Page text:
During the mid-season break in January 2012 Yakin transferred to AC Bellinzona in the Challenge League, the second tier of Swiss football. He played his team debut on 26 February in the 2–0 home win against Stade Nyonnais. He scored his first two goals for the club in the 3–2 away win against Aarau on 9 April 2012.
Yakin was capped 87 times for Switzerland, the first coming in 2000. He was offered Turkish nationality before being called up to the Swiss squad, but turned it down for personal reasons. He has played in UEFA Euro 2004, UEFA Euro 2008, and both the 2006 FIFA World Cup and the 2010 FIFA World Cup with his country.
On 11 June 2008, he scored the opening goal in the 32nd minute of Switzerland's second Euro 2008 Group A match against Turkey, giving them a 1–0 lead and he refused to celebrate after the goal as a respect for his family's birth country. However, he missed another chance shortly afterward as Turkey scored two second-half goals, resulting in Switzerland's becoming the first team to be mathematically eliminated from their own tournament within five days of its beginning. However, in Switzerland's final group match against Portugal on 15 June, Yakin added two second-half goals, the second a penalty kick, to secure their first ever win at the UEFA European Championship, 2–0. Yakin finished the tournament as joint-second highest goalscorer with Lukas Podolski, Roman Pavlyuchenko, and Semih Şentürk with three goals each, behind David Villa's four goals.
Under new national team coach, Ottmar Hitzfeld, Yakin participated in seven of Switzerland's ten qualifying matches for the 2010 FIFA World Cup, starting twice, and making five substitute appearances, scoring one goal in Switzerland's opening qualifier against Israel. He announced his retirement from the Swiss national team on 4 October 2011.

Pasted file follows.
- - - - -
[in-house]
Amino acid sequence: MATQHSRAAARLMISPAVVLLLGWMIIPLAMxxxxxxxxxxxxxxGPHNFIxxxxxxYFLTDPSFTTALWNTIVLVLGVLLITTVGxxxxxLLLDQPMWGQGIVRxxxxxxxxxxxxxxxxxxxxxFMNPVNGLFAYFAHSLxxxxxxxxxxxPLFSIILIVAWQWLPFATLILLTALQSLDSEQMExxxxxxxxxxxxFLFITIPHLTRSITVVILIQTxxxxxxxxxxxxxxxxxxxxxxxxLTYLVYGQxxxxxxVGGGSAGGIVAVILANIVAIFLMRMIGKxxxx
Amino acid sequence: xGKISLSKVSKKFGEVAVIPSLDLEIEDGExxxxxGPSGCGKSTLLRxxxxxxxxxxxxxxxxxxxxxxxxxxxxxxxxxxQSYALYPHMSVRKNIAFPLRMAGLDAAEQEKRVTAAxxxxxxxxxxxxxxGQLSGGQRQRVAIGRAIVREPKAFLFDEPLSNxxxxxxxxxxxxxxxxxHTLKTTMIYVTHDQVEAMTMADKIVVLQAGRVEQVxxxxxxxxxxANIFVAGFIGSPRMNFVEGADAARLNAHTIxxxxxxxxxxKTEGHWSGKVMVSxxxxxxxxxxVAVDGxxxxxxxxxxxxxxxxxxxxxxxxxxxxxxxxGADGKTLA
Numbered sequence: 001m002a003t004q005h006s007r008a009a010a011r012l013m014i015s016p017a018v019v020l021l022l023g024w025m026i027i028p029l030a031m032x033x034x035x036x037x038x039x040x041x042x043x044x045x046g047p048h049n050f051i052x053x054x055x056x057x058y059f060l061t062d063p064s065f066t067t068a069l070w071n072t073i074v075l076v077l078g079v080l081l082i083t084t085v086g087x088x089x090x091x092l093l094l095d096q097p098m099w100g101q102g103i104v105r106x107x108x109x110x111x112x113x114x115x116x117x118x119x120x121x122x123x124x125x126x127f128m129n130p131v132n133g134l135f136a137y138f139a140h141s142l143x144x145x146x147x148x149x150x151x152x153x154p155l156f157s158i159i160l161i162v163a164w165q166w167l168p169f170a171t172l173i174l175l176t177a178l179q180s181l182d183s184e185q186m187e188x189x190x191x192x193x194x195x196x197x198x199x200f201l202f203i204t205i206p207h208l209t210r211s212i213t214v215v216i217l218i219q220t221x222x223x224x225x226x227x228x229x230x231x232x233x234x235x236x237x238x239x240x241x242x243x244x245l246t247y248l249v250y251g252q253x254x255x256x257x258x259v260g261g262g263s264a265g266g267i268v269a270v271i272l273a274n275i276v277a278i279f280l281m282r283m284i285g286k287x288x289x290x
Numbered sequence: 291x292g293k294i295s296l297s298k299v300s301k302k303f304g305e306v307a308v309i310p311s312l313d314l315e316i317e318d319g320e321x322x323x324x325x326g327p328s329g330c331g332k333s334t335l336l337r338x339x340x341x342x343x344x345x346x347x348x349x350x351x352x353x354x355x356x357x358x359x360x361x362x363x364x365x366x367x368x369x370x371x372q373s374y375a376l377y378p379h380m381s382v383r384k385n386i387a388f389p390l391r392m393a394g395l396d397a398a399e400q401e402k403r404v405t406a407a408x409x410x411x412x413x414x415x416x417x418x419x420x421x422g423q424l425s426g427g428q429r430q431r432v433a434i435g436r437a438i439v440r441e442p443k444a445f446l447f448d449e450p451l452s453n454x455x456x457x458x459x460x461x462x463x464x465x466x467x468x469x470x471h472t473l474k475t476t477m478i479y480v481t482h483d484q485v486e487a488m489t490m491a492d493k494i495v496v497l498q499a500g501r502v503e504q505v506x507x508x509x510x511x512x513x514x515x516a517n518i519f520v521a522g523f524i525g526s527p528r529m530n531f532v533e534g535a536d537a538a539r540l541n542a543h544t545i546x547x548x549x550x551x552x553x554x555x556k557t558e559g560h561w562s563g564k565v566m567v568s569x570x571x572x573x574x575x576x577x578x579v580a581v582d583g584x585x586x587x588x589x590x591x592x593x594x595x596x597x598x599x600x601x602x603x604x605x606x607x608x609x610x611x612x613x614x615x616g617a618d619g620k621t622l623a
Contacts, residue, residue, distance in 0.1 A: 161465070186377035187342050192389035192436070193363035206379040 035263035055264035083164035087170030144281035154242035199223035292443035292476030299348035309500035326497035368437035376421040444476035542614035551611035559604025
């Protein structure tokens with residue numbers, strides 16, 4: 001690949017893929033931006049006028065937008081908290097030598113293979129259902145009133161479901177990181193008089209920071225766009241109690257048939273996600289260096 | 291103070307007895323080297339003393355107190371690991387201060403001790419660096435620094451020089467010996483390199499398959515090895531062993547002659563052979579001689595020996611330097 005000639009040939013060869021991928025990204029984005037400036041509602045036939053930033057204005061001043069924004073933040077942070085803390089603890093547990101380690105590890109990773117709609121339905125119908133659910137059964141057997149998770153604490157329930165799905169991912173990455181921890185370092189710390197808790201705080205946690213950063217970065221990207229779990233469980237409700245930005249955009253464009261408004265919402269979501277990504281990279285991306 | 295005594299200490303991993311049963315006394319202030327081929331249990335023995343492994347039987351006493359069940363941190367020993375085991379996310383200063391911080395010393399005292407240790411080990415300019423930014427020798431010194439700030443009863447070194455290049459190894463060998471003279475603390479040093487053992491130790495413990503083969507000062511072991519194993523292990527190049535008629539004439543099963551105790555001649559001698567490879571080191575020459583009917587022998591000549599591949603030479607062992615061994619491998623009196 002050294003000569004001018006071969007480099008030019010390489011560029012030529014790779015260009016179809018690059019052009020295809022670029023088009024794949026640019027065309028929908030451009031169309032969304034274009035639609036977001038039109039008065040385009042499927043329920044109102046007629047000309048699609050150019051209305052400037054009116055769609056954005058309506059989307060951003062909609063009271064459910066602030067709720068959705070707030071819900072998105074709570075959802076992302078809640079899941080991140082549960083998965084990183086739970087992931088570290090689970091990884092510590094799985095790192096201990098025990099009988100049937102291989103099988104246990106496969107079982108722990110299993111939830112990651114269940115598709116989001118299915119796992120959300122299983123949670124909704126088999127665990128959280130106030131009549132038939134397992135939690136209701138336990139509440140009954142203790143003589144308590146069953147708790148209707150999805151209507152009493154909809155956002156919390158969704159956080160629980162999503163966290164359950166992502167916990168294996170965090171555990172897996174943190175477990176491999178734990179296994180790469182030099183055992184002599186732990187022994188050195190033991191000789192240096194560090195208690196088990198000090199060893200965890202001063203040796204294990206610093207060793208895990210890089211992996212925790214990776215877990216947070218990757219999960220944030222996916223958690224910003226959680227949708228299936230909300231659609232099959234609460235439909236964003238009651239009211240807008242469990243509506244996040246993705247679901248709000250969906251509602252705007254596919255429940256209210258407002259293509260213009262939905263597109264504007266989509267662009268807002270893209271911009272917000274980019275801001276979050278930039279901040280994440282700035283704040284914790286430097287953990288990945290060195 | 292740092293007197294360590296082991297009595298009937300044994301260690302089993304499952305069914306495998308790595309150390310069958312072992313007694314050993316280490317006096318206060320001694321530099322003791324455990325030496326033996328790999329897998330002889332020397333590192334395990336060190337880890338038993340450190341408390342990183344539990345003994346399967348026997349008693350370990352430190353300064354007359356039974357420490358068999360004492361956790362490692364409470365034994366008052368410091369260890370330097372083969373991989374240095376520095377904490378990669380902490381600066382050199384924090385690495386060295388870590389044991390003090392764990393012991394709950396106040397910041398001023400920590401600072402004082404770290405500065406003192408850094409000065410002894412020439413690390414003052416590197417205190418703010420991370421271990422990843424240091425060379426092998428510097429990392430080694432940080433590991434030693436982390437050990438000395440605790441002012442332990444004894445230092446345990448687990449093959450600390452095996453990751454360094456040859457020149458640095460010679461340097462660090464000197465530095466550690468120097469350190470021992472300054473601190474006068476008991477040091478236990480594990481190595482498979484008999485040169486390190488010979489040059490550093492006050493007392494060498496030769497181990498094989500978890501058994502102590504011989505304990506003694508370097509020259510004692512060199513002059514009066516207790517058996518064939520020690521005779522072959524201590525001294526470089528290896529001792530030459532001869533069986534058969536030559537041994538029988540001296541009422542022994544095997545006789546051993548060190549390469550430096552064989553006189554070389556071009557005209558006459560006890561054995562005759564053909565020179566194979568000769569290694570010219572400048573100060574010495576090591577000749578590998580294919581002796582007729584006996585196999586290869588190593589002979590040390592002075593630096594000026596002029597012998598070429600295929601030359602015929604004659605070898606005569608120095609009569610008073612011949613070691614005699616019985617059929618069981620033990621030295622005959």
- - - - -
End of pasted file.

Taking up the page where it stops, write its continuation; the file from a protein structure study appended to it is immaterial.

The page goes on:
|1997–98||St. Gallen||Super League||14||1|
|2005–06||Young Boys||Super League||20||6|
|2008–09||Al-Gharafa Sports Club||Qatar Stars League||15||5|
|2009–10||FC Luzern||Super League||29||10|
|2011–12||AC Bellinzona||Challenge League||2||0|
- Scores and results list Switzerland's goal tally first.
|1.||19 February 2000||Sultan Qaboos Sports Complex, Muscat||Oman||4–1||4–1||Friendly|
|2.||26 April 2000||Fritz-Walter-Stadion, Kaiserslautern||Germany||1–0||1–1||Friendly|
|3.||16 August 2000||Espenmoos, St. Gallen||Greece||2–2||2–2||Friendly|
|4.||15 August 2001||Ernst-Happel-Stadion, Vienna||Austria||2–1||2–1||Friendly|
|5.||1 September 2001||St. Jakob-Park, Basel||Yugoslavia||1–0||1–2||2002 World Cup qualifier|
|6.||12 February 2002||Makario Stadium, Nicosia||Cyprus||1–1||1–1||Friendly|
|7.||13 February 2002||Tsirion Stadium, Limassol||Hungary||2–0||2–1||Friendly|
|8.||21 August 2002||St. Jakob-Park, Basel||Austria||1–1||3–2||Friendly|
|9.||8 September 2002||St. Jakob-Park, Basel||Georgia||2–1||4–1||Euro 2004 qualifier|
|10.||16 October 2002||Lansdowne Road, Dublin||Republic of Ireland||1–0||2–1||Euro 2004 qualifier|
|11.||12 February 2003||Nova Gorica Sports Park, Nova Gorica||Slovenia||1–0||5–1||Friendly|